• fulfilment of the conditions precedent and/or conditions precedent (if any).

Aside from the processes above, the larger the company, or the more assets that will be acquired or disposed, the longer it would take to complete the whole transaction process. In general, it may take more than two months to complete the whole transaction.

Legal regulation

Which laws regulate private acquisitions and disposals in your jurisdiction? Must the acquisition of shares in a company, a business or assets be governed by local law?

The transfer of shares or assets (including private acquisitions and disposals) is governed under the local legal requirements - be it the Company Law (for transfer of shares), land regulations (for land and buildings), or the Indonesian Civil Code (for receivables and other intangible goods).

Further, there are also a range of other regulations, including but not limited to those regarding foreign investment restrictions, transfer of employees, title of property, competition, and use of currency, which may be relevant in the acquisition and disposal process. These local laws govern the formalities for transferring the legal title and effecting the change of ownership. However, it is possible, under the ‘freedom of contract’ principle specified in the Indonesian Civil Code, for the parties to set out the terms and conditions of the acquisition or disposal in an agreement that is governed by the law of another jurisdiction, even though the transfer of legal title is determined by Indonesian law, provided that that agreement does not contravene public policy.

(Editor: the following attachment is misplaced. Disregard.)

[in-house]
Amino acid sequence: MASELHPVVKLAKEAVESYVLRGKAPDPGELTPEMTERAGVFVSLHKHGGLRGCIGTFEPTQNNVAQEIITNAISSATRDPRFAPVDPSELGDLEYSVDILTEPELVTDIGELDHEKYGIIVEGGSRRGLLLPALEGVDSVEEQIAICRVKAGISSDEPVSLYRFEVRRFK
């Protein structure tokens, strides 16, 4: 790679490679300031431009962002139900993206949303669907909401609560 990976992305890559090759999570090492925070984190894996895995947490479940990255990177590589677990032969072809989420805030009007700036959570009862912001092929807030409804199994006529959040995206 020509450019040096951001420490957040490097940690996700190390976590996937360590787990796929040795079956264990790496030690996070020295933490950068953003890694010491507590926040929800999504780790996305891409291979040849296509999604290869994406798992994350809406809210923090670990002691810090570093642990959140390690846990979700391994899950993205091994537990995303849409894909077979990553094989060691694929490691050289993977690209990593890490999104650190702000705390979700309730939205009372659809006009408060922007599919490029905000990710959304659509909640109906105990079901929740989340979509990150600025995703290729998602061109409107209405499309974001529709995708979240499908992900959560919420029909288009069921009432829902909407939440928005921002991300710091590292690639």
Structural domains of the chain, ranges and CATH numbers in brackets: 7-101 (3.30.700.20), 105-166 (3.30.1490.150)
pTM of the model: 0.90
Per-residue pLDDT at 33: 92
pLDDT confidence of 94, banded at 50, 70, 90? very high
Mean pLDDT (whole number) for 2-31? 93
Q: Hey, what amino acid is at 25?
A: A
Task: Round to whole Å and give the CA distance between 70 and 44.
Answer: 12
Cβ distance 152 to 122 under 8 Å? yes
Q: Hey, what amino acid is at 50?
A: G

Legal title

What legal title to shares in a company, a business or assets does a buyer acquire? Is this legal title prescribed by law or can the level of assurance be negotiated by a buyer? Does legal title to shares in a company, a business or assets transfer automatically by operation of law? Is there a difference between legal and beneficial title?

In an acquisition of shares, the buyer will acquire such title to the shares that is prescribed by law and the level of assurance is not negotiable by the buyer. This legal title to the shares will be transferred once the documents evidencing the transfer of shares (ie, shareholders’ approval and the share sale and purchase agreement) has been notified and acknowledged by the Ministry of Law and Human Rights.